During such a forced march in the wilderness conversation is difficult; one is content with one’s own thoughts. Under the mental and physical strain they were enduring their bodies moved automatically. During this unconscious process of locomotion one can dream over one’s thoughts and still go on. Legs and arms move themselves; sore muscles become reconciled to their burden—they become numb; the mind is thus left alone in peace.
Alice Thayor’s thought was occupied with the incidents leading to her last evening with Sperry. Every feature stood out in bold relief. Even the tones of the doctor’s voice rang clear. As these thoughts crowded in, one after another, her brain reeled, her eyes became dim. Missing her footing she sank back in the mud, steadied herself against a tree, brushing the damp hair out of her eyes and staggered on, her gaze fixed upon the swaying pack ahead of her fastened to the Clown’s shoulders.
The old dog now fell out of file; she felt his steaming muzzle bump under the palm of her hand. Since they started from their refuge across Big Shanty Brook the old dog had gone thus from one to the other. Twice she had patted him; she wanted him near her now in her weariness, but he left her the next moment to join Margaret. Her husband trudged on under his heavy pack in front of the Clown; he spoke encouragingly to those in front and behind him—and to her. Once in a while, when they came to a halt in a difficult place, he supported her with his arm and a cheery word. She would have marvelled at his grit had she not overheard his talk to Dollard. Now and then she could see Margaret, her ankles incased in rough woollen socks showing above the tops of the Clown’s brogans. Margaret followed Holcomb when it was possible, and the two often walked abreast talking low and earnestly. Twice Alice was about to call her maid. The fatigue was telling terribly on this woman accustomed to luxury. Then she remembered her husband’s words: “Whatever is in store for us we must share in common.” Farther on Blakeman noticed his mistress turn her white face over her shoulder and look at him appealingly. He came toward her lurching under his load.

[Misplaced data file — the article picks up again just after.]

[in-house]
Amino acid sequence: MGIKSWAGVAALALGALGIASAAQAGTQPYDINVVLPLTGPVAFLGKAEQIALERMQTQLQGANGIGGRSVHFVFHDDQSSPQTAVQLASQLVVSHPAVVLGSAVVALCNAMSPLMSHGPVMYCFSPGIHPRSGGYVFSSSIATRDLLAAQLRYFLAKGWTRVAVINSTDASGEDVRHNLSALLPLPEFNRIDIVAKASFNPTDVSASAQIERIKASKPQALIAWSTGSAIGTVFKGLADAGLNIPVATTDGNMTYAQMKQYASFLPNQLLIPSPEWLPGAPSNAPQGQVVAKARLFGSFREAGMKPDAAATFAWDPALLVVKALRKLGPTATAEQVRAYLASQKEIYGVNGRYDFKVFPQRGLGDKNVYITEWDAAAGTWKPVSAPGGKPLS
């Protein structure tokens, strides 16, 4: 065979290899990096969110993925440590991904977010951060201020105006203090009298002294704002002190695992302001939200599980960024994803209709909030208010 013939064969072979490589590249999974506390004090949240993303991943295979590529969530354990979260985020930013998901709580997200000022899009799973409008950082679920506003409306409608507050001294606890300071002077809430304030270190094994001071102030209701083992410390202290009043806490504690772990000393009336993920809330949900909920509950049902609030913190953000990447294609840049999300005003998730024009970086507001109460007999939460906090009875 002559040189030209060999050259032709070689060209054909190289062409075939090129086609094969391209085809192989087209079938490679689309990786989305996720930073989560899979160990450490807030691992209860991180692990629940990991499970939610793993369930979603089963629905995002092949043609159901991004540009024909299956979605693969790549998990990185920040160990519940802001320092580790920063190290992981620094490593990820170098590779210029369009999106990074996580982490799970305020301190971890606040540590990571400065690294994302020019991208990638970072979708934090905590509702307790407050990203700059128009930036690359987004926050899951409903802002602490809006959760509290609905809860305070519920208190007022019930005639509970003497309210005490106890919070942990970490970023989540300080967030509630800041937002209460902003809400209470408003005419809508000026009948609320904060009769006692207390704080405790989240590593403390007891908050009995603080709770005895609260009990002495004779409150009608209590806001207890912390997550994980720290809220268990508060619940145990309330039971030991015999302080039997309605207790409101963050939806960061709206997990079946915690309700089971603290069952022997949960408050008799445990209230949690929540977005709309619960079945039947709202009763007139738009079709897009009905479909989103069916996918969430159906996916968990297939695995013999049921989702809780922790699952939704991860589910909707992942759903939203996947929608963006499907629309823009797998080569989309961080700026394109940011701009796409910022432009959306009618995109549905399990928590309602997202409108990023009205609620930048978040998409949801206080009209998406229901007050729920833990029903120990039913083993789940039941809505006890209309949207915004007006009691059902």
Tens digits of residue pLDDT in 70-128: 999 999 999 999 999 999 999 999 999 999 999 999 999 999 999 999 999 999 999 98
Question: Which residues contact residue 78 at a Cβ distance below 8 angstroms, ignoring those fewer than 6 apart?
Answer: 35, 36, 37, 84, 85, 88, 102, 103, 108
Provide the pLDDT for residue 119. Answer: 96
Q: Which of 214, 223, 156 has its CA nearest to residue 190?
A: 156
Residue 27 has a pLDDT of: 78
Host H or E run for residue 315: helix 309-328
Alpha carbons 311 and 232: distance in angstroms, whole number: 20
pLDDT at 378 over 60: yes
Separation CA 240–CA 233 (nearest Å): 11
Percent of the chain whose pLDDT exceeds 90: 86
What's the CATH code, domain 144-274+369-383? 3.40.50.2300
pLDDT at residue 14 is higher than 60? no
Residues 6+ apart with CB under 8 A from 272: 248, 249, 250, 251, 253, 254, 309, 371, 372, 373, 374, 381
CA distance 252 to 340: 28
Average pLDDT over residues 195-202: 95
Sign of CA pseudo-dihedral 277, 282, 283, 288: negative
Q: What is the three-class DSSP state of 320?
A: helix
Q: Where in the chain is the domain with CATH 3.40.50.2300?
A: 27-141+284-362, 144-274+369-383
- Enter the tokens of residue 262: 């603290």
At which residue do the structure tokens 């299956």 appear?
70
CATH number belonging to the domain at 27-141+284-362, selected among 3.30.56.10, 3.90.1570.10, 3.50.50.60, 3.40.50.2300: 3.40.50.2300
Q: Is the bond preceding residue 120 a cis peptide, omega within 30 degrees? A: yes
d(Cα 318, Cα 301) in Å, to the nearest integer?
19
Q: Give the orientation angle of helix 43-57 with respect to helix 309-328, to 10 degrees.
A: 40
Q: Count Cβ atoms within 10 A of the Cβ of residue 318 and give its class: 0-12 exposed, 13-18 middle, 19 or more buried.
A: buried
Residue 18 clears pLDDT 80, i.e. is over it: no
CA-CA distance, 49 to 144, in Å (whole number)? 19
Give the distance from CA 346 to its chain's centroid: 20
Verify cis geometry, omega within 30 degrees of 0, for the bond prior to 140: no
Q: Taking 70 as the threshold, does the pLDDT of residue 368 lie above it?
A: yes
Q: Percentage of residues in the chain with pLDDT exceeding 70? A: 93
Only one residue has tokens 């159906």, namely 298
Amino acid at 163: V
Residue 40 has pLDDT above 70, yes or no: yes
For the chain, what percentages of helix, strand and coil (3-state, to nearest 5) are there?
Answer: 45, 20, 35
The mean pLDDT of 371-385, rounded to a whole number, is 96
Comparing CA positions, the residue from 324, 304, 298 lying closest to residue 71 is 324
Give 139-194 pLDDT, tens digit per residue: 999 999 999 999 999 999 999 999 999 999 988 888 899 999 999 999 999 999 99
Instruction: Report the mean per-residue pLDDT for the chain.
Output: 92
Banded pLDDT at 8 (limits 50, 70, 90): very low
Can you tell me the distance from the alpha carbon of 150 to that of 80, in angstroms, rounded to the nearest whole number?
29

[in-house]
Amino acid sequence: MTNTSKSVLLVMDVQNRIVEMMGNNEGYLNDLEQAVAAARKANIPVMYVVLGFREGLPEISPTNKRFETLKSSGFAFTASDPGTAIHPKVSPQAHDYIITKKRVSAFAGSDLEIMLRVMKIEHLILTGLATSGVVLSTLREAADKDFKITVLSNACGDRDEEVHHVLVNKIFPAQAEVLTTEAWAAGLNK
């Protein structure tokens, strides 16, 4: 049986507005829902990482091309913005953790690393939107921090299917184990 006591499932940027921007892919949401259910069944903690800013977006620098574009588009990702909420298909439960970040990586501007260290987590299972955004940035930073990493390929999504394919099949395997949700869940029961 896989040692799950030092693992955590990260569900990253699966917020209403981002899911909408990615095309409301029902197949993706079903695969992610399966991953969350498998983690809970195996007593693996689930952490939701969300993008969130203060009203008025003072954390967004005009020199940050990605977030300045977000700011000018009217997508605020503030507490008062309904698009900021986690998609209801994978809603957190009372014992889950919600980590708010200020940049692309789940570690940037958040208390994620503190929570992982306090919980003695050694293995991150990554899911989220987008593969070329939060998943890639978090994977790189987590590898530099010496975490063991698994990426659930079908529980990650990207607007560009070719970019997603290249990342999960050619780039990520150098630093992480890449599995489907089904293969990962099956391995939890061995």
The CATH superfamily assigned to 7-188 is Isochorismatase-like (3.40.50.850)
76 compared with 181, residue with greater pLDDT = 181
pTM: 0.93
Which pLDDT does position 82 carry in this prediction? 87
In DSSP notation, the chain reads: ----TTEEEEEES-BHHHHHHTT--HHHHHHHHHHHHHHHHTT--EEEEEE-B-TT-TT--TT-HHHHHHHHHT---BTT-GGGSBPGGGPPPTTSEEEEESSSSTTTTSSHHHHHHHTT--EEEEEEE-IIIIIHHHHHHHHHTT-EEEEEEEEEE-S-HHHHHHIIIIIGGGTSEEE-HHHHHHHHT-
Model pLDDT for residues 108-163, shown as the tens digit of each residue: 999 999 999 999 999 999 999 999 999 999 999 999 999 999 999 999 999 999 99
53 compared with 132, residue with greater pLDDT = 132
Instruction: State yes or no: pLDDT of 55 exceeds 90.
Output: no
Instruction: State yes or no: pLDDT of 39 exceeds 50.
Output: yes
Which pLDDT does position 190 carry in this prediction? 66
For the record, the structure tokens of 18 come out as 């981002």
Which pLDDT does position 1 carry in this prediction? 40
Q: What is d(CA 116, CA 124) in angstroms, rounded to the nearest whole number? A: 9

“What is it, madam?” he asked.
“Oh, Blakeman, I’m so tired! Stand here with me a minute—and you—do the straps cut your shoulders?”
A curious expression—one of intense surprise, followed instantly by one of tenderness and pity—crossed his countenance. Never before, in all their intercourse, had she spoken to him one word of kindness—one personal to himself.
“No, madam,” he answered quietly, “I’m all right, thank you.”
When he overtook Holcomb later on he related the incident, at which Holcomb’s eyes filled. “It is the Margaret in her,” Billy had said to himself. Perhaps, after all, he had misjudged her. The butler said nothing of what he had seen and heard behind the pantry door. She had confirmed his diagnosis made to Holcomb that day in the woods—“She’s a fool but I don’t think she’s crooked.” Better let well enough alone.